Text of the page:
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Antenna effective length

Discussion in 'Electronic Design' started by przemek klosowski, Nov 5, 2008.

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  1. I helped a friend with a remote flash trigger to extend the range. The device
    operates at 433 MHz, and as-built has a 1.25" PCB stub serving as an antenna.
    Since the wavelength is 27.26", it's really poorly matched and the range petered
    out at under ten meters. We soldered a coiled insulated wire of length 12.4 in
    (lambda/2 minus the PCB trace length) to the end of the built-in antenna,
    and the range increased tremendously, by a factor of ten. The coiled wire fit
    in the original enclosure, so it worked out very well. However, after I thought
    about it I realized that I don't understand why this thing works.

    My question is: what is the effective length of the antenna when it is coiled
    up? Since the E-M field extends outside of the antenna conductor, shouldn't
    the effective length be the actual length of the coil, rather than the length
    of the wire in the coil? Is there a simple, back-of-the-envelope argument
    on how the antenna length/configuration helps to couple the E-M radiation out?
  2. MooseFET

    MooseFET Guest

    An element that is under 1/4 wavelength looks capacitive. If you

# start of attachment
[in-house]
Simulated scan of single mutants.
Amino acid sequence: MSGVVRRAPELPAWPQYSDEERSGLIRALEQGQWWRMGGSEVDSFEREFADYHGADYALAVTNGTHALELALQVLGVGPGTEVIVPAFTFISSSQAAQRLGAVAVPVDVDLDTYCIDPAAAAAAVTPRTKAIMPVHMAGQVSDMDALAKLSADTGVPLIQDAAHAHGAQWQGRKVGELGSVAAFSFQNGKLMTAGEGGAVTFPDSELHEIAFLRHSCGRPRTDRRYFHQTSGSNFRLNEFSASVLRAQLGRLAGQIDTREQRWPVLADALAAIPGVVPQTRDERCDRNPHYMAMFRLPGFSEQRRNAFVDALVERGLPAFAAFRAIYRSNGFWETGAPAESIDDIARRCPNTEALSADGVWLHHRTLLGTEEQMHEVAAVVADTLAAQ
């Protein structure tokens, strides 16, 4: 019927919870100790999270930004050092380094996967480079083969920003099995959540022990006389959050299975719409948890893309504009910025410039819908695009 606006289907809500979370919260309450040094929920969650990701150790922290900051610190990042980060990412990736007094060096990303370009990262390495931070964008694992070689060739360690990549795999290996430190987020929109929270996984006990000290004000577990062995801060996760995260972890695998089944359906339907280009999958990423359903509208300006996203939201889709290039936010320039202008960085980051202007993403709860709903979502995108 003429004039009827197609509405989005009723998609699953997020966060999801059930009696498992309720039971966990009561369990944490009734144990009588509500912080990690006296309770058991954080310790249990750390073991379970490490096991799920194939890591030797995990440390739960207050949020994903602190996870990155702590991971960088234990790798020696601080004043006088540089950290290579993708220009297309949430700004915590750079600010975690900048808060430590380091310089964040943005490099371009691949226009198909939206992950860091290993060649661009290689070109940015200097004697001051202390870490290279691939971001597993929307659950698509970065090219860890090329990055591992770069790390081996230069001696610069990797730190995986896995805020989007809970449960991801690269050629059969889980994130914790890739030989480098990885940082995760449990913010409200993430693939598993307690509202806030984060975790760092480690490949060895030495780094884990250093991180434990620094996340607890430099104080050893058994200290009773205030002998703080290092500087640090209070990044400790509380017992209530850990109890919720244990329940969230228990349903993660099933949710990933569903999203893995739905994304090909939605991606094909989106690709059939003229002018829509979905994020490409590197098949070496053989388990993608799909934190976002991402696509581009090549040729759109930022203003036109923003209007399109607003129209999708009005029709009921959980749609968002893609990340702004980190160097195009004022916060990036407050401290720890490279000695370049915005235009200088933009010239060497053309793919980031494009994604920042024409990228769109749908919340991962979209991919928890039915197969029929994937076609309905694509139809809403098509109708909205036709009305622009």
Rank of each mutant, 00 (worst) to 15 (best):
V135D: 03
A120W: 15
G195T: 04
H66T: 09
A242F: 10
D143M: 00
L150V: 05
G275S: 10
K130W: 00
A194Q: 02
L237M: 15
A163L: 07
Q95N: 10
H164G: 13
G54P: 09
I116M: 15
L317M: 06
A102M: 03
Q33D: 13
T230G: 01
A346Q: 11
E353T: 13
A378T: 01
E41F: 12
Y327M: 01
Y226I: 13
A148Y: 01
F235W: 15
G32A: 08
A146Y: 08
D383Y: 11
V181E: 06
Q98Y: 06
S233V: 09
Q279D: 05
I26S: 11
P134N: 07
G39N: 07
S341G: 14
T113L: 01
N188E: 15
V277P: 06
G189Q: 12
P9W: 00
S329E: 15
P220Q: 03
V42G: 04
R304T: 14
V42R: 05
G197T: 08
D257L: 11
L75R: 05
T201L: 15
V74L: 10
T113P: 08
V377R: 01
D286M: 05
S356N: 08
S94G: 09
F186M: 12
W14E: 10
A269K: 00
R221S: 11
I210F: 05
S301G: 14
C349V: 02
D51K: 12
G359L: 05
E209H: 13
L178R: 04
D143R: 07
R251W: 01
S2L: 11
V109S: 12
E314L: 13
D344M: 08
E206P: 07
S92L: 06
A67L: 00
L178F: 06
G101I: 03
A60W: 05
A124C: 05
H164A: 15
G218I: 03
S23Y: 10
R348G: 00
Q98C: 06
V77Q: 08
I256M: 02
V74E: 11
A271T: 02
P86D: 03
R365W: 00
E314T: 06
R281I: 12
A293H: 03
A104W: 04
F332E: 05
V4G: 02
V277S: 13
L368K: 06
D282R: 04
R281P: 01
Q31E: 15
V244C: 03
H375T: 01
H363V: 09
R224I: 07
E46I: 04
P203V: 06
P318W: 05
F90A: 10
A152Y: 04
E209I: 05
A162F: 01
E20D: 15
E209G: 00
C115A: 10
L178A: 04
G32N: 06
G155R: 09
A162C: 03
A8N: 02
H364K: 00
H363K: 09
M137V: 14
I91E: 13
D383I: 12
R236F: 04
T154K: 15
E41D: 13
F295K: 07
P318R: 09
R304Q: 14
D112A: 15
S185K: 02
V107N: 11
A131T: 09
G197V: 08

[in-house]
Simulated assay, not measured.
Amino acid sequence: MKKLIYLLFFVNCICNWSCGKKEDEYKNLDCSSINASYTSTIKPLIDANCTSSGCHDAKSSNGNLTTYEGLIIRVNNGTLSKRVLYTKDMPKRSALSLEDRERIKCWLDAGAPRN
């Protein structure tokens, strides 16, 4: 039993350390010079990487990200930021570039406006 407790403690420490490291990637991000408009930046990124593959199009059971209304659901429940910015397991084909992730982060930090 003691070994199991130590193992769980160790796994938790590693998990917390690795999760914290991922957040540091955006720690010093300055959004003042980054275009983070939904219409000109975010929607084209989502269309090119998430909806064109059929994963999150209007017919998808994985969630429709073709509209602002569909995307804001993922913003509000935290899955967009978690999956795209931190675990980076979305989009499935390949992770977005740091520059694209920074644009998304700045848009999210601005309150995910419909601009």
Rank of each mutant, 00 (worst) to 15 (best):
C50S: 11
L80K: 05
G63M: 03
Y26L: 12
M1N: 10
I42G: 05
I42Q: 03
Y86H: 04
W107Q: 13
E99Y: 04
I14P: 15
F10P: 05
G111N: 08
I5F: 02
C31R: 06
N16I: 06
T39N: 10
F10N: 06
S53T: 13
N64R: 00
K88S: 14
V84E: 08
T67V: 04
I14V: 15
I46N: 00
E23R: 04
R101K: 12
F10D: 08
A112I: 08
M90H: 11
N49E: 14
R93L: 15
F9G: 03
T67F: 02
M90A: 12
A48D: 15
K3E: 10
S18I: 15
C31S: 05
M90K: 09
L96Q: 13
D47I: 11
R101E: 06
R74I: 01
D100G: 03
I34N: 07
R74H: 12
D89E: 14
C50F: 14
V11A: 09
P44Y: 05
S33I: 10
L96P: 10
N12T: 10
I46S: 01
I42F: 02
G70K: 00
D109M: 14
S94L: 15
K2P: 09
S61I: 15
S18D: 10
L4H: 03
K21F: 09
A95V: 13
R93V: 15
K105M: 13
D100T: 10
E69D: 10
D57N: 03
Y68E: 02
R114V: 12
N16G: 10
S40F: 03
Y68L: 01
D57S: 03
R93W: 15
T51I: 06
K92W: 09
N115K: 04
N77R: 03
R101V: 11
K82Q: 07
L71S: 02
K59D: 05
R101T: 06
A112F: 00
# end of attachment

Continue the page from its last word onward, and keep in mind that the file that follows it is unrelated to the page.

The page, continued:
think of your coil of wire as an inductor in series with short
    element, you will begin to get a handle on what happens when an open
    ended coil is used.
  3. Guest

    The short whips look like a tiny capacitor in series with a small
    radiation resistance. That series capacitive reactance is way bigger
    than the bit of resistance that radiates the actual power, so by
    potential divider effect most of the available drive voltage is lost
    across the capacitance leaving only a tiny part to feed the radiation
    resistance, hence little transmitted output power.
    Seeing as not a lot can be done about the radiation resistance item,
    the next best thing is to try and resonate out the series capacitance
    using a series L. This (essentially) leaves only the radiation
    resistance part, to power match to the transmitter. (about 4ohms?)
    In your case ( 433mc), I make your whip at say 0.2pF which has a
    reactance of 1700ohms. Thus you need 1700ohms of series XL to resonate
    out the series XC. This is a series inductor of about 0.6uH, which by
    chance? works out about 10 turns 1/4" using about a foot of wire.
    Looks like you guessed the coil right!.

    I've no interest in aerials but have used a couple of equations at
    the top of ...
    makes for useful reading.
    There's heaps of info' out there but the subject invites a feeding
    frenzy for mathematicians, hence rare to find any back-of-fag-packet
  4. JeffM

    JeffM Guest

    ....even more on
  5. Almost, thanks. Assuming near-direct connection to the transmitter's
    output balun (such as in a handheld, where a short whip is desired)
    there should be no additional difficulty, right?

    But if you need to run co-ax, you'd need a balun at each end?
    Just making sure I have this straight.

    Clifford Heath, VK3CLF.
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